Wednesday, January 24, 2024

Soundtrack updates

Thanks to the ongoing efforts of labels that specialize in soundtracks — and the fans who purchase their products, thereby maintaining the pipeline — quite a few scores have received enhanced treatment since my two books came out in April 2020.

Taking them in the order of release...


Music Box Records released an expanded version of Philippe Sarde’s score for 1977’s Mort d’un Pourri (Death of a Corrupt Man) in June 2022. The music is noteworthy for the contributions by famed saxman Stan Getz, who was paid a singular honor by director Georges Lautner: The film opens on a silhouette of Getz, while he delivers an elegant solo version of the film’s haunting primary theme.


The original soundtrack album had a dozen tracks; this new Music Box release has 19, all fully remastered from hi-res transfers of the original stereo mixes. Another bonus: Gérard Dastugue’s new liner notes include commentary by Sarde. The original album was already excellent; this new disc is sensational.


very unexpected entry was found in the September 2022 release of Goldsmith at 20th, Volume V, which at first blush doesn’t seem to belong here. But a treat is hidden among this fifth anthology of Jerry Goldsmith’s scores for 20th Century Fox: four tasty jazz tracks from Nick Quarry, a proposed private-eye TV series starring Tony Scotti. As Jon Burlingame explains in his detailed essay, the series was to be based loosely on 1967’s big-screen Tony Rome, the first of Frank Sinatra’s two cracks at that character.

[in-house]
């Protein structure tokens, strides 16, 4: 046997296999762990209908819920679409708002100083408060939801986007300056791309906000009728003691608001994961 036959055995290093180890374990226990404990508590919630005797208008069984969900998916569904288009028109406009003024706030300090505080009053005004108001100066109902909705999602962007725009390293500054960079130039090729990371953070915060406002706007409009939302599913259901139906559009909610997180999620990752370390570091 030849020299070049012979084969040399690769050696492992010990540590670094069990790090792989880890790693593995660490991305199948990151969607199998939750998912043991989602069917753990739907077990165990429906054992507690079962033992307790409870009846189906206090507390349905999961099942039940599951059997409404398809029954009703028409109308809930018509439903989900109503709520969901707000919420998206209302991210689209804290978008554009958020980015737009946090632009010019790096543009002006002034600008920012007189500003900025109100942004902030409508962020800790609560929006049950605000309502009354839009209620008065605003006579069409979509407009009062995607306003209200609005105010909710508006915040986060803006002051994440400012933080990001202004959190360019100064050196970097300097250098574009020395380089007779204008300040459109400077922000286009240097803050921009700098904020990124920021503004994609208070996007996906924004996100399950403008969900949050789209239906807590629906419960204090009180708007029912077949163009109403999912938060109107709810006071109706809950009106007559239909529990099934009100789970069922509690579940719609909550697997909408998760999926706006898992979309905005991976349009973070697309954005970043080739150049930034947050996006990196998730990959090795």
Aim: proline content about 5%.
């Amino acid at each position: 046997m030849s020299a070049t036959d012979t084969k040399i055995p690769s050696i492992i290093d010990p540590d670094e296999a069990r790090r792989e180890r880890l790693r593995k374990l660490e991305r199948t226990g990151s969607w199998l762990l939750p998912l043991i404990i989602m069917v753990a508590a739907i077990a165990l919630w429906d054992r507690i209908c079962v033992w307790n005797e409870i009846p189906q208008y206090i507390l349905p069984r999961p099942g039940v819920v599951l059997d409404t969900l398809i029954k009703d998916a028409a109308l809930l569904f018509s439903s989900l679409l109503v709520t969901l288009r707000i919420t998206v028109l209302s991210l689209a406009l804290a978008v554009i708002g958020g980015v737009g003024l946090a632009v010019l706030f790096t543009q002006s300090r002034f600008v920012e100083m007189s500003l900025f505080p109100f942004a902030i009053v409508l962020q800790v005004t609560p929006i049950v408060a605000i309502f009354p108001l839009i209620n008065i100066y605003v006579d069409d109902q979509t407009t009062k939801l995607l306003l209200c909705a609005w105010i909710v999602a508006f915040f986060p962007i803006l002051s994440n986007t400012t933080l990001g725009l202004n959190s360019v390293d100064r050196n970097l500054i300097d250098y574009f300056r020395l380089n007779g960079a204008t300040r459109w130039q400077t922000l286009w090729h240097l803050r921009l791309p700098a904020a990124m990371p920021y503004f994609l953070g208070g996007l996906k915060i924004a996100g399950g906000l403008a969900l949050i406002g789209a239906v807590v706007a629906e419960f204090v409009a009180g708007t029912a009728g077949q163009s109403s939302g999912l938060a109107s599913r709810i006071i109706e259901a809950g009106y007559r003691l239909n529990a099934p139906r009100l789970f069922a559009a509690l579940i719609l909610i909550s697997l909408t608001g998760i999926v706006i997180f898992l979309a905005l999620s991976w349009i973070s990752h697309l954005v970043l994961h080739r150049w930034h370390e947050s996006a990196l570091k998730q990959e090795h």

But director Walter Grauman — who had helmed pilots for The Fugitive and Honey West, among others — wasn’t allowed to shoot a legitimate test episode. As Burlingame notes, the 15-minute “presentation film” was just a series of action sequences; Goldsmith supplied slightly more than 10 minutes of music as a favor to Fox music director Lionel Newman. The cues are strongly in the vein of Goldsmith’s Our Man Flint/In Like Flint scores, with plenty of jazz/rock swagger.


Riz Ortolani’s energetic jazz/pop score was by far the best part of 1967’s Tiffany Memorandum, which often was the case with the countless low-rent Eurospy entries unleashed by Italian filmmakers determined to cash in on the James Bond craze. It’s therefore ironic that Ortolani’s music was treated so shabbily; decades passed before four tracks were included on the 1996 anthology album Beat at Cinecittà. Fans got a bit more the following year, when nine tracks appeared on an Ortolani compilation album.

Beat Records’ November 2022 release finally features Ortolani’s full score: 22 tracks running just over 55 minutes. The earlier titled tracks are blended with studio session takes simply titled “Tiffany Sequence M8,” “Tiffany Sequence M22” and so forth. All I can say is, It’s damn well about time.


This next entry isn’t a soundtrack, but nonetheless warrants mention. In July 2023, not quite a decade after a three-day Man from U.N.C.L.E. convention — cheekily dubbed The Golden Anniversary Affair — took place in late September 2014, Arena Records released a recording of the live jazz concert that highlighted the final evening. Burlingame was present, of course — after all, he worked hard on Film Score Monthly’s four original soundtrack sets of — and his brief liner notes for The Jazz from U.N.C.L.E. detail how he and convention organizer Robert Short chose the cues that would be performed by (wink-wink, nudge-nudge) The Summit Six Sextet: Steve Rosenblum, sax; David Lamont, flute; Dave Iwataki, keyboards; Yu Ooka, guitar; Nedra Wheeler, bass; and Dean Koba, drums.